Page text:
# Prediction of Transport and Other Physical Properties of Fluids

## 1st Edition

### International Series of Monographs in Chemical Engineering

**Authors:**S. Bretsznajder

**Editors:**P. V. Danckwerts

**eBook ISBN:**9781483160719

**Imprint:**Pergamon

**Published Date:**1st January 1971

**Page Count:**422

## Description

Prediction of Transport and Other Physical Properties of Fluids reviews general methods for predicting the transport and other physical properties of fluids such as gases and liquids. Topics covered range from the theory of corresponding states and methods for estimating the surface tension of liquids to some basic concepts of the kinetic theory of gases. Methods of estimating liquid viscosity based on the principle of additivity are also described. This volume is comprised of eight chapters and opens by presenting basic information on gases and liquids as well as intermolecular forces and constitutive and additive properties of chemical compounds. The reader is then introduced to practical methods for computing the values of physico-chemical quantities necessary for designing technological processe. Subsequent chapters focus on the surface tension of liquids and its dependence on molecular properties; the phenomenon of internal friction (viscosity) in fluids; graphical interpolation and extrapolation of liquid viscosity data; and the thermal conductivity of gases and liquids. The final two chapters examine diffusion in gases and liquids, with emphasis on the methods used for estimating the coefficients of diffusion. This book will be of interest to chemists and students and research workers in chemistry.

## Table of Contents

Notation

Chapter 1. General Methods for Estimating Physico-Chemical Properties of Gases and Liquids

1. Introduction

2. Basic Information on Gases and Liquids

a. States of Matter

b. Properties of Molecules

c. Shape and Size of Molecules

d. Dipole Moments

e. Polarizability of Molecules

3. Intermolecular Forces

a. Energy of a System of Two Molecules

b. Calculation of the Intermolecular Force Constants

c. Application of the Lennard-Jones and Stockmayer Equations to the Estimation of some Physico-Chemical Properties of Fluids

4. Constitutive and Additive Properties of Chemical Compounds

a. Molal Volume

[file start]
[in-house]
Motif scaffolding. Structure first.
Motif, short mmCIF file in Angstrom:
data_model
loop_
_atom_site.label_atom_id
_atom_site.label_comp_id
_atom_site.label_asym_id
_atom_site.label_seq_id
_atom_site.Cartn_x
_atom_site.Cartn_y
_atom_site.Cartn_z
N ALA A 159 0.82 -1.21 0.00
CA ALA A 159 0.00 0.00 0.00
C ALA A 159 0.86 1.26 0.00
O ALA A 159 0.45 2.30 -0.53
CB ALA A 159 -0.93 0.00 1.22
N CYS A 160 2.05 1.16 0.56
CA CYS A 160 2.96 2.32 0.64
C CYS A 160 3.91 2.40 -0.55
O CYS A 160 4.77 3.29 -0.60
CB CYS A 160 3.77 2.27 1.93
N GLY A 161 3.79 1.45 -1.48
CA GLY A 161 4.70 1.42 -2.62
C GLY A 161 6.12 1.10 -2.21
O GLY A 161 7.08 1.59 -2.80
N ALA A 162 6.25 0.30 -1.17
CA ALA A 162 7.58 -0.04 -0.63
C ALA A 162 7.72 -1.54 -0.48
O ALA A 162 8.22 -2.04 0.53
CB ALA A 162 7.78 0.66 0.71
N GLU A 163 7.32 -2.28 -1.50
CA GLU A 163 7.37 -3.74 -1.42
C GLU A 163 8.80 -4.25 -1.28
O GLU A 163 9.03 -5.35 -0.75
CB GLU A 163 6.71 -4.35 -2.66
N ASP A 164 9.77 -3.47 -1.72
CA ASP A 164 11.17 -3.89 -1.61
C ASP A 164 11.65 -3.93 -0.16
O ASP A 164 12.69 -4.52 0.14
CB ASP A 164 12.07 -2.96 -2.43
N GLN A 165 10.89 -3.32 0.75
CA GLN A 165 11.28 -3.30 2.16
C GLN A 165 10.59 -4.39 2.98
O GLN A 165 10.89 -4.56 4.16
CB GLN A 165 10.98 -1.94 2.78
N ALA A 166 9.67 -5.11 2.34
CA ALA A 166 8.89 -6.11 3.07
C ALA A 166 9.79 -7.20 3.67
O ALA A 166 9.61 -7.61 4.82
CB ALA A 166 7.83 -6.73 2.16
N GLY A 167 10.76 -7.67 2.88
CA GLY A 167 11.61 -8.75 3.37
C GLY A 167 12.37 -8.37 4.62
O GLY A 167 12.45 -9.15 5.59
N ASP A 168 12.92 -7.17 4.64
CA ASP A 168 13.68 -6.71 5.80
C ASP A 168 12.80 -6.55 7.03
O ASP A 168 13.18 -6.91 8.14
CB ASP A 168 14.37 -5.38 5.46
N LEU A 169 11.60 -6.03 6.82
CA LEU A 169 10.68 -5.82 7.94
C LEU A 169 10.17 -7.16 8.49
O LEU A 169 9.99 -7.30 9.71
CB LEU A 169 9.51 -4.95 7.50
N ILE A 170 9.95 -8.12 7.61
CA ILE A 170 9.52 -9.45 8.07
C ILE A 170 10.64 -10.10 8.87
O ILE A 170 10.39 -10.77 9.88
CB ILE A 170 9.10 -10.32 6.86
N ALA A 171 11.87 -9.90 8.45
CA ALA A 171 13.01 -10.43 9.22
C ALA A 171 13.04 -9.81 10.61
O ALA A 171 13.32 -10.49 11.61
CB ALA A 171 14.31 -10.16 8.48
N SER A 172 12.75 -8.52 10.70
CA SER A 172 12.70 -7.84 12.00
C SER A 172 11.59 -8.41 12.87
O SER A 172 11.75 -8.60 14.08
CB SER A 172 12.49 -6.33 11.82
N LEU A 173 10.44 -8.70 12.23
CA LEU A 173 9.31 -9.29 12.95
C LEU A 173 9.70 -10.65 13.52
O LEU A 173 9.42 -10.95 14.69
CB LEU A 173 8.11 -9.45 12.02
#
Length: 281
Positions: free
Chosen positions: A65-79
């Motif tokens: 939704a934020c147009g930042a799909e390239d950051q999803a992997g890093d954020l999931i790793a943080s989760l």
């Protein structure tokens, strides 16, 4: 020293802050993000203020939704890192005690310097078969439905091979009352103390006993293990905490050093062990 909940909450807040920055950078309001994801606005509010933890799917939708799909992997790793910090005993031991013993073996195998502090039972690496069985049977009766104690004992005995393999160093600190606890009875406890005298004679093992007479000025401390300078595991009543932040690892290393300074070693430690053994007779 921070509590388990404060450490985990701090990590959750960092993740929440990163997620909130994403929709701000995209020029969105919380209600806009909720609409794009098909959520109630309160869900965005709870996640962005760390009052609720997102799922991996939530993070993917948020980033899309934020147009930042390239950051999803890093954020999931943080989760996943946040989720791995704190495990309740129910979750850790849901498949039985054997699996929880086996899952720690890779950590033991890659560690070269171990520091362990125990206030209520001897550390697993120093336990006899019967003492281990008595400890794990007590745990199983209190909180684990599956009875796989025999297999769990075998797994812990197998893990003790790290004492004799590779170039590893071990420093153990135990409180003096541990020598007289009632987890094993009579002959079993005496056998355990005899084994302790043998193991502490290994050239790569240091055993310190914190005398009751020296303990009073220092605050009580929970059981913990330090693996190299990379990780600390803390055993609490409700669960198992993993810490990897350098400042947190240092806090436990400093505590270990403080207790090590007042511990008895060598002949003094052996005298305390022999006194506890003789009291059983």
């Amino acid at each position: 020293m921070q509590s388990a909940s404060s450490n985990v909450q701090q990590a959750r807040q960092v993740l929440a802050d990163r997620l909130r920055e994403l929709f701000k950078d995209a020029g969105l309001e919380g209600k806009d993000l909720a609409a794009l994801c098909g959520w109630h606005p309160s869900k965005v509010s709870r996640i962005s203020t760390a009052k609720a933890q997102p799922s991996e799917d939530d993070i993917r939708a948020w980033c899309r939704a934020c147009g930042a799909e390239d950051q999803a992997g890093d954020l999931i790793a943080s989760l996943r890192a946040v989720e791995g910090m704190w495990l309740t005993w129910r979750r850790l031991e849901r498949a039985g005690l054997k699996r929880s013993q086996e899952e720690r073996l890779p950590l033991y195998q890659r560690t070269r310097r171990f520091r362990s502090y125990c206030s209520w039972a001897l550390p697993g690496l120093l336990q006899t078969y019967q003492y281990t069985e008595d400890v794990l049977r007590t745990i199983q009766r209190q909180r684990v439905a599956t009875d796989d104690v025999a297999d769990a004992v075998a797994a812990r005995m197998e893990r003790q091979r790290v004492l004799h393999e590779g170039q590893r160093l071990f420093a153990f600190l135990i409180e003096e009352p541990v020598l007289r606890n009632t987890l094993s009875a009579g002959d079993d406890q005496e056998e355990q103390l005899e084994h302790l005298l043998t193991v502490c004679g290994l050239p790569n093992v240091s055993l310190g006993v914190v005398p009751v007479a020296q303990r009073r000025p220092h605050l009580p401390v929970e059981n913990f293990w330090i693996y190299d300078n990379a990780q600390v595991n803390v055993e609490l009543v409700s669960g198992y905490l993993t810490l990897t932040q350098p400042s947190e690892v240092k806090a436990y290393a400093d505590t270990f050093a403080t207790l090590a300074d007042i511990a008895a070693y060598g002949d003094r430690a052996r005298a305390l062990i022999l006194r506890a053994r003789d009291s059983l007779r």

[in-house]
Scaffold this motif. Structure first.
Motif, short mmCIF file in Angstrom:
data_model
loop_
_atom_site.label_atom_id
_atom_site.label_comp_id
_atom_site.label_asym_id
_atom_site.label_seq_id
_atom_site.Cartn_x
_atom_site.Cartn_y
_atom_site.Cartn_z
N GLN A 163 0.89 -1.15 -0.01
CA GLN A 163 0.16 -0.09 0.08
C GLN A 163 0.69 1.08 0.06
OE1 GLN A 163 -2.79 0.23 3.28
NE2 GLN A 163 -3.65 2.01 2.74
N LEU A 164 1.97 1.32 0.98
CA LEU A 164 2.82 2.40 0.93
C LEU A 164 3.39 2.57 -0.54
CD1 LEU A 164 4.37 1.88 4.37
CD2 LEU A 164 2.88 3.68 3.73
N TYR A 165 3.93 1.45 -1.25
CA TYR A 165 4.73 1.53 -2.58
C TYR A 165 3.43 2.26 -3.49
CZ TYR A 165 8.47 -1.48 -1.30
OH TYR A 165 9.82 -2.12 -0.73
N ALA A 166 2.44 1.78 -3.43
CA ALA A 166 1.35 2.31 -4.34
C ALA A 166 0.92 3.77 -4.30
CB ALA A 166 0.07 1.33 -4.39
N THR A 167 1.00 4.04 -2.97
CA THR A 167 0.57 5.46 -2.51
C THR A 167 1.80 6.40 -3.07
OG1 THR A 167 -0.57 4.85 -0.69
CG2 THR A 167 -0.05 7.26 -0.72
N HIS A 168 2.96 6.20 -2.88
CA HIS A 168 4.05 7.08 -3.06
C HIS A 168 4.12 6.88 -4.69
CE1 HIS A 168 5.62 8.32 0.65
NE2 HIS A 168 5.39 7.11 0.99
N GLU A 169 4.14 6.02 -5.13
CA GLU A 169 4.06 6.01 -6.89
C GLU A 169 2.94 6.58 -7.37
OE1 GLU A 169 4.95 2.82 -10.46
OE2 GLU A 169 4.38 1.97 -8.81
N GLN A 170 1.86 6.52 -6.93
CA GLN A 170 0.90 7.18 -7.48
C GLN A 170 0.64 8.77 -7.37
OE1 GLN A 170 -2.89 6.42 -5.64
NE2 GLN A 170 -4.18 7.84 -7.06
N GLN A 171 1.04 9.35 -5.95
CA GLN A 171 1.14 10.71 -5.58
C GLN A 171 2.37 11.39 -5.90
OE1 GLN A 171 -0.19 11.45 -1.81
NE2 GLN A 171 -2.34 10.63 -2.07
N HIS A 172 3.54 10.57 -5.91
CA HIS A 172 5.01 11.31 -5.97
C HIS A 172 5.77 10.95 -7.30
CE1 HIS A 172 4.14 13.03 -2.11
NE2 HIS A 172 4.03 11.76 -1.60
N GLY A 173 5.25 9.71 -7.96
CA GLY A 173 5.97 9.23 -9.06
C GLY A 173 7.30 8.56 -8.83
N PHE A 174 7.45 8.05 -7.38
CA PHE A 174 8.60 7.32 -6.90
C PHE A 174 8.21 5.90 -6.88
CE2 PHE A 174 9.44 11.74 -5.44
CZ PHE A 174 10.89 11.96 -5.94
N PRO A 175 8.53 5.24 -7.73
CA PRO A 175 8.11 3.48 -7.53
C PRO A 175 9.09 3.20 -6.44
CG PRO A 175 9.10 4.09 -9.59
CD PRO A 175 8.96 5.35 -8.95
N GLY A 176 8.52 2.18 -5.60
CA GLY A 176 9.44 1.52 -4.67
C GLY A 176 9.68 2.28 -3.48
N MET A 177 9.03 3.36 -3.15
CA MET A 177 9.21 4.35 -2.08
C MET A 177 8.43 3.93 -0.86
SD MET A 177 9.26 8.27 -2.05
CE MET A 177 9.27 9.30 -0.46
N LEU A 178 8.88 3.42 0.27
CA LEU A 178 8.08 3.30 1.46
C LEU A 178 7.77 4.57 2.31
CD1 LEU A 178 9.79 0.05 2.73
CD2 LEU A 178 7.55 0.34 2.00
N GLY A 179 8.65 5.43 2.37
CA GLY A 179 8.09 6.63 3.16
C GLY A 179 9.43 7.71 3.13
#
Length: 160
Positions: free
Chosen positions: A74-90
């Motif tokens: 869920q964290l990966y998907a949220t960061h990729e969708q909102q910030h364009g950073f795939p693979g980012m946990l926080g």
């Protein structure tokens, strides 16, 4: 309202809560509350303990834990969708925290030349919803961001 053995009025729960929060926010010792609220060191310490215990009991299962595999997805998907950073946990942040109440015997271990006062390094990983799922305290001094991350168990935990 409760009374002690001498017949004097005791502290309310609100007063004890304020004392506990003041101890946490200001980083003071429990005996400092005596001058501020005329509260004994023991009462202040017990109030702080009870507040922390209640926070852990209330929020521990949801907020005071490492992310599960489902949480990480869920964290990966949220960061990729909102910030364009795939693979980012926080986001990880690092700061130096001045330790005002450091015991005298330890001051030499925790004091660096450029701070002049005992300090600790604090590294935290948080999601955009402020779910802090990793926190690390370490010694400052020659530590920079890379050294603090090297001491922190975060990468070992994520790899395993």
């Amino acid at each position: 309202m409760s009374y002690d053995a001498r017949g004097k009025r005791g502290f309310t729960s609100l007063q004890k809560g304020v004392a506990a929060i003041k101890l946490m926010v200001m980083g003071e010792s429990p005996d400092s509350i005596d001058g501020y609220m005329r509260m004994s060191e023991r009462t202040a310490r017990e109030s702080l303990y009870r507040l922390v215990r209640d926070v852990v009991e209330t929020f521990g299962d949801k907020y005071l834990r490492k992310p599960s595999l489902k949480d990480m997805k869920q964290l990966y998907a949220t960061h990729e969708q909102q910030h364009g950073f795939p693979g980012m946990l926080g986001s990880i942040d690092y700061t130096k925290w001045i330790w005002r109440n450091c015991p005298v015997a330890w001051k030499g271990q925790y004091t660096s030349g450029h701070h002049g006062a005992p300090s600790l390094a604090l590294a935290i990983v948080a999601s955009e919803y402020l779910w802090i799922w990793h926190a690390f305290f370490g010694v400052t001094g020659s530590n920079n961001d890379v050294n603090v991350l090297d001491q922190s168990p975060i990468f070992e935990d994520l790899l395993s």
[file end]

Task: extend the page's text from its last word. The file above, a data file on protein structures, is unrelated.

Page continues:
b. Molar Refraction

c. Parachor

d. Rheochor

e. Orthochor

f. Molar Velocity of Sound

5. Methods for Estimating the Critical Constants as Constitutive Quantities

a. Relationship between the Structure and the Molecular Properties of a Compound and the Values of its Critical Parameters

b. Constants a and b in van der Waals' Equation

c. Calculation of the Critical Parameters from the Molar Refraction and the Parachor

d. Additive Estimation of the Critical Pressure

e. Additive Estimation of the Molal Critical Volume, Vc

f. Additive Estimation of the Critical Temperature, Tc

g. Additive Estimation of the Critical Parameters from Experimentally Determined Quantities such as Liquid Density, Boiling Temperature, etc

6. General Method for Calculating Additive Quantities

7. Similarity of the Physico-Chemical Properties of Substances

a. Conditions of Similarity

b. Application of the Principles of Similarity to the Determination of the Physico-Chemical Properties of Substances

c. Physico-Chemical Similarity of Compounds. Graphical Presentation of Relationships in the Form of a Straight Line

d. Comparison of Different Physico-Chemical Properties of Different Compounds

8. Theory of Corresponding States

a. Scale Constants and Invariants

b. Corresponding States

c. Theory of Corresponding States. Theoretical Foundation

d. The "Third Parameter" in the Modified Theory of Corresponding States

e. Choice of the Best Method for Estimating the Critical Constants

Chapter 2. Surface Tension of Liquids

1. Basic Relationships

2. Dependence of Surface Tension on Molecular Properties

3. Methods of Estimating the Surface Tension of Liquids

a. Estimation of the Surface Tension of a Liquid from the Parachor

b. Surface Tensions of Liquid Mixtures

c. Variation of Surface Tension with Temperature and Pressure

d. Prediction of Surface Tensions Using the Theory of Similarity

4. Relationship between the Surface Tension and Various Other Physical Constants

Chapter 3. Viscosities of Gases

1. Some Basic Concepts of the Kinetic Theory of Gases

2. Phenomenon of Internal Friction (Viscosity) in Fluids

3. Methods of Estimating the Viscosity of Gases which Allow for Intermolecular Forces

4. Experimental Studies of the Viscosities of Gases

5. Semi-Empirical Equations for Estimating Gas Viscosities and Their Temperature Dependence

a. Viscosities of the Saturated Vapor and Liquid Phases

b. Extension of Viscosity Data Using Graphical Methods Based on Reference Compounds

6. Variation of the Viscosity of a Gas with Pressure

a. Calculations Based on the Equation of State of a Real Gas

b. Use of the Theory of Corresponding States to Predict Gas Viscosities at Elevated Pressures

7. Comparison of the Accuracy of the Various Methods for Estimating the Viscosity of Gases and the Choice of the Most Suitable Method

8. Viscosity of Gas Mixtures

a. Experimental Data

b. Estimation of the Viscosity of Gas Mixtures

c. Semi-Empirical Equations for Estimating the Viscosities of Gas Mixtures at Moderate Pressures

d. Calculation of the Viscosities of Gas Mixtures at High Pressures

e. Recommended Methods for Estimating the Viscosities of Gas Mixtures

Chapter 4. Viscosities of Liquids

1. Experimental Data

2. Graphical Interpolation and Extrapolation of Liquid Viscosity Data

a. Dühring-Type Plots Giving Liquid Viscosity as a Function of Temperature or Pressure